The Florida House of Representatives voted 80-29 Thursday to make it more difficult for a future Legislature to increase state taxes or fees.
Subject to approval by voters in a statewide referendum, the bill (HB 7001) would require a super-majority vote of two-thirds of both houses to raise revenue -- meaning that one third of the House or Senate could block future tax hikes.
Ten Democrats joined all Republicans present to give Speaker Richard Corcoran a cushion above the 72 votes needed to pass a proposed constitutional amendment.
“I believe that taking a citizen’s hard-earned money should not be done lightly,” said the bill’s sponsor, Rep. Tom Leek, R-Ormond Beach. “You either stand with the people whose money the government takes or you stand with the government that takes it, and I urge you today to stand with the people.”
Democrats who voted to put the question before voters included Reps. Kionne McGhee of Miami, the next House Democratic Leader; Katie Edwards-Walpole of Plantation and Shevrin Jones of West Park.
If the Senate follows the House in passing the proposal, it will be on the general election ballot on Nov. 6 and will need support from 60 percent of voters to become law.
Senate President Joe Negron, R-Stuart, predicted the proposal would receive a positive reaction from senators.
“We have a proposal we’re moving on,” Negron said. “I think the majority of senators support having an extra-majority for a vote ... We know that’s a strong priority of the governor, and something that the speaker has also made a priority. So I think you’ll see that legislation move forward in plenty of time to get it in front of the Senate.”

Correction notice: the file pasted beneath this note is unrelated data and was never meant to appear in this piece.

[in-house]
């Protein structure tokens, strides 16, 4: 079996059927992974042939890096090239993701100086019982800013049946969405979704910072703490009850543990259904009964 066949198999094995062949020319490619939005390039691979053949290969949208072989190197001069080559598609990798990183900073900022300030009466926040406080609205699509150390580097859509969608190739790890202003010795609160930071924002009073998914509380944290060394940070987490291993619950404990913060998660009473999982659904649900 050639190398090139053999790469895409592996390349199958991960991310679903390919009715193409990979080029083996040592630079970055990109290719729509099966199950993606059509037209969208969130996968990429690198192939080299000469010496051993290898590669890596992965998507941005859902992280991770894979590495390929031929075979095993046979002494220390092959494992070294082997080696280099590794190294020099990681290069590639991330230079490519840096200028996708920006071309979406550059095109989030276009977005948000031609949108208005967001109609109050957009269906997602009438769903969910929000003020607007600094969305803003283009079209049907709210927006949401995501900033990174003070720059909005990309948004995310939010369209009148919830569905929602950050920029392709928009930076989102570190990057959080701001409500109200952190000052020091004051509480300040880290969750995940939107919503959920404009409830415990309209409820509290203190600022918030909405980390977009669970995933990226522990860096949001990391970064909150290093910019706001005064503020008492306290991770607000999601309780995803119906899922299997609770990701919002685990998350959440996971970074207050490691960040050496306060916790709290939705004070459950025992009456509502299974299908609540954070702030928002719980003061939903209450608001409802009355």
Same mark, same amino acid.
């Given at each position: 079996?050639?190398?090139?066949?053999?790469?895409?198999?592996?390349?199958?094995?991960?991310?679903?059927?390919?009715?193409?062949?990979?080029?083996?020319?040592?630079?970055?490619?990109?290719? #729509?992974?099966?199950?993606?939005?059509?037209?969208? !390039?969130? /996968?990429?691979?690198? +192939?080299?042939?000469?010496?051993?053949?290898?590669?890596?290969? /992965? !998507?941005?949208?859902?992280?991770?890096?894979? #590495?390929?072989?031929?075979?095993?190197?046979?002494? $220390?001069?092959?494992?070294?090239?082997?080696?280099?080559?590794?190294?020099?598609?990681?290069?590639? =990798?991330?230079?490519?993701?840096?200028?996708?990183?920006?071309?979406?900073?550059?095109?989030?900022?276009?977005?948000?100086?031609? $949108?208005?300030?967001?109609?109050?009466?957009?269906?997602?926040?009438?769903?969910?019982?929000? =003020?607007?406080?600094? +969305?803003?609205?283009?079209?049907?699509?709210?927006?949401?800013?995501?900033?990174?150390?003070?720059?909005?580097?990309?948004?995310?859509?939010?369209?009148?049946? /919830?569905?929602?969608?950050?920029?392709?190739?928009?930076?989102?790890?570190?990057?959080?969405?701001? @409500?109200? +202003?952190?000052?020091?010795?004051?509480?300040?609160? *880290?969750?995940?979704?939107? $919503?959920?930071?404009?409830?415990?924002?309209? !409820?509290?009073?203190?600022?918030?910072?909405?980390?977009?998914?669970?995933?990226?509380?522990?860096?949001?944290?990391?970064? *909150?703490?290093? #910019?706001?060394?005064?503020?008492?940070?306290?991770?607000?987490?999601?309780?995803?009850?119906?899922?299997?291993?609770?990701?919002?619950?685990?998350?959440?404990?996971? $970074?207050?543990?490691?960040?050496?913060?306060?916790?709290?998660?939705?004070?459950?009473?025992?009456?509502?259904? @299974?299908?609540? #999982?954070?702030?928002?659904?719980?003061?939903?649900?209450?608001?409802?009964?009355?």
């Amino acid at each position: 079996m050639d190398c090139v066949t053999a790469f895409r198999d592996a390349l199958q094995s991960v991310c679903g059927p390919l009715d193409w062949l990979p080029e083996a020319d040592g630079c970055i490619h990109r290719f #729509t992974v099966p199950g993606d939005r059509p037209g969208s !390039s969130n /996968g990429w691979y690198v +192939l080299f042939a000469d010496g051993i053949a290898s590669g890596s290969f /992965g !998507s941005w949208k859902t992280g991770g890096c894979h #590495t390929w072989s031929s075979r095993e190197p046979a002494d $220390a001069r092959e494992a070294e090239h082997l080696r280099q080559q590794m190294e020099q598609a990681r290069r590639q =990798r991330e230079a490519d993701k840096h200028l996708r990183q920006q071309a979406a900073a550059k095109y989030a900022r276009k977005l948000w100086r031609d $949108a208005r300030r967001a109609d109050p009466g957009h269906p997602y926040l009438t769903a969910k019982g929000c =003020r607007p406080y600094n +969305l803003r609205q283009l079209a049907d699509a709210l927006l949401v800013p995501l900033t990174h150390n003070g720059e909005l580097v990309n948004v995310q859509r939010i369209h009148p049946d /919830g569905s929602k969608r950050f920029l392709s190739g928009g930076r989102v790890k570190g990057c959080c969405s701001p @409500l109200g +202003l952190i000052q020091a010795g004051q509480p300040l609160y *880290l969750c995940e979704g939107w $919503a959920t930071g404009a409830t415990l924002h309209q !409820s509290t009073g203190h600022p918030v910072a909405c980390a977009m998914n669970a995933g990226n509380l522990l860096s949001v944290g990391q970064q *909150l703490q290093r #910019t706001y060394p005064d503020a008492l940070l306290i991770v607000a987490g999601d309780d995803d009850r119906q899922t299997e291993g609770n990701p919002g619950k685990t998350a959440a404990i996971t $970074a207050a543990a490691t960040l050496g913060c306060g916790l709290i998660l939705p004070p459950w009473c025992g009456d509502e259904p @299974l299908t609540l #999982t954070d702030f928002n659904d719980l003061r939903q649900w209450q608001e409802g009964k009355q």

As a proposed constitutional amendment, the proposal requires a three-fifths vote in the Senate, or yes votes from 24 of the 38 members (two seats are vacant). The Senate has 23 Republicans and 15 Democrats.
Making it harder to raise taxes is an election-year priority of Gov. Rick Scott, a term-limited Republican who’s considering running for the U.S. Senate against three-term Democrat Bill Nelson.
“I don’t see why we need to tie the hands of future Legislatures,” said Rep. Joe Geller, D-Aventura, who voted no. “This is a short-sighted idea. I know it sounds good ... The fact is, we have a system. It has worked well for the people of Florida.”
Rep. Sean Shaw, D-Tampa, a candidate for attorney general, rattled off a series of areas in which he said Florida trails most other states because an imperative to keep taxes low has resulted in basic programs being underfunded.
Fifteen states already require super-majority votes for tax hikes, including Arizona, California, Michigan and Oregon.
The last big revenue increase approved by the Florida Legislature was in 2009, when a Republican-dominated House and Senate approved a $2 billion plan by then-Gov. Charlie Crist to plug a budget deficit with higher car registration fees and a cigarette tax increase. As Florida’s economy improved, the higher tag fees were eliminated under Scott.